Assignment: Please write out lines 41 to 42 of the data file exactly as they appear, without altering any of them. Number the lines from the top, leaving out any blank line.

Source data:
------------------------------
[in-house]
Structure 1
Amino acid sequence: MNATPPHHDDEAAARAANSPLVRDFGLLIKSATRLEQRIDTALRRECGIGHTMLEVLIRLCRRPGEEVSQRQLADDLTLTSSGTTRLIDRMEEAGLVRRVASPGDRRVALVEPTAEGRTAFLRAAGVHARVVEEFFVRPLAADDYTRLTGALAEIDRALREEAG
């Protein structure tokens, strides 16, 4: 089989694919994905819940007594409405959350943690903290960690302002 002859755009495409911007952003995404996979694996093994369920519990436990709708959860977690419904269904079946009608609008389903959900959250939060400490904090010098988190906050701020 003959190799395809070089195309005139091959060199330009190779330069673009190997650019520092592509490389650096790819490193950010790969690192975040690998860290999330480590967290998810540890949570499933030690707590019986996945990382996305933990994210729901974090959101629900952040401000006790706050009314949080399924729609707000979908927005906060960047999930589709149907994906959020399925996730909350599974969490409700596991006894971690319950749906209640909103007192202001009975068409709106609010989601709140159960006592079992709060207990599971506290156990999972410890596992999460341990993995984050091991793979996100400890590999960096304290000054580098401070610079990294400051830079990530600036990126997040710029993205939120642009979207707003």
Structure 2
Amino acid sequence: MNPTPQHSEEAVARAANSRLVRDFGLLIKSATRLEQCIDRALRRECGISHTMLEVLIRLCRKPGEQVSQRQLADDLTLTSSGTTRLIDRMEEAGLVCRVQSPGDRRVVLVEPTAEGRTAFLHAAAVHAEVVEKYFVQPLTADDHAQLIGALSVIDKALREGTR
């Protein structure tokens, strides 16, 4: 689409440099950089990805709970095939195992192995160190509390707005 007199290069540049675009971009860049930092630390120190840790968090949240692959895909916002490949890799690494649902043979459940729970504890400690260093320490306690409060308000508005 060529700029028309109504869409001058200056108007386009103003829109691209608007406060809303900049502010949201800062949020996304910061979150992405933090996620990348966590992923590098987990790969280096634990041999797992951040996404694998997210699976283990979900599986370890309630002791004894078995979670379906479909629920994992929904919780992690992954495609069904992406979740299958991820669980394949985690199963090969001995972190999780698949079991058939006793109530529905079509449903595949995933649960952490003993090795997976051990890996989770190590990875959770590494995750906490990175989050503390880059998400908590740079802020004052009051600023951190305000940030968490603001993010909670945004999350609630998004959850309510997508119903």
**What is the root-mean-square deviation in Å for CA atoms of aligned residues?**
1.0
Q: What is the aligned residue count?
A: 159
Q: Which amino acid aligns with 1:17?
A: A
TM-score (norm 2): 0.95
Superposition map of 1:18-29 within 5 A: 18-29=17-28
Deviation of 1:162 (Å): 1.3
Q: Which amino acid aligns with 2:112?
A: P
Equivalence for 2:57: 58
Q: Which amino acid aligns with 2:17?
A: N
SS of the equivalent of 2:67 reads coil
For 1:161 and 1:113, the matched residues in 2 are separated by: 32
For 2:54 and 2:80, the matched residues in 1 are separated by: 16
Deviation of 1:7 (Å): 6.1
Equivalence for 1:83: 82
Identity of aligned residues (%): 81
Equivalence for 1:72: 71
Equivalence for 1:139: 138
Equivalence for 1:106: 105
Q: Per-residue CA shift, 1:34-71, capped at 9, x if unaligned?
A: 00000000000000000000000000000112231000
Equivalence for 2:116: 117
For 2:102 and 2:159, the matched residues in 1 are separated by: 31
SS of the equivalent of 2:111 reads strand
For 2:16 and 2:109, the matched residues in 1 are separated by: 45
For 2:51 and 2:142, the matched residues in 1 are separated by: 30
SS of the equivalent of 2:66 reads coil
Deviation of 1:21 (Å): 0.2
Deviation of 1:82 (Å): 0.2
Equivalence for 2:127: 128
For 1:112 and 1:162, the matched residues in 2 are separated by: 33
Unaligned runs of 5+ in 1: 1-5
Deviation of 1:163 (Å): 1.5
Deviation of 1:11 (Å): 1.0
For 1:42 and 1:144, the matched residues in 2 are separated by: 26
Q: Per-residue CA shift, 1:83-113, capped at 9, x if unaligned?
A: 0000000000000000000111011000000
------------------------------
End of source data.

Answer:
Equivalence for 2:127: 128
For 1:112 and 1:162, the matched residues in 2 are separated by: 33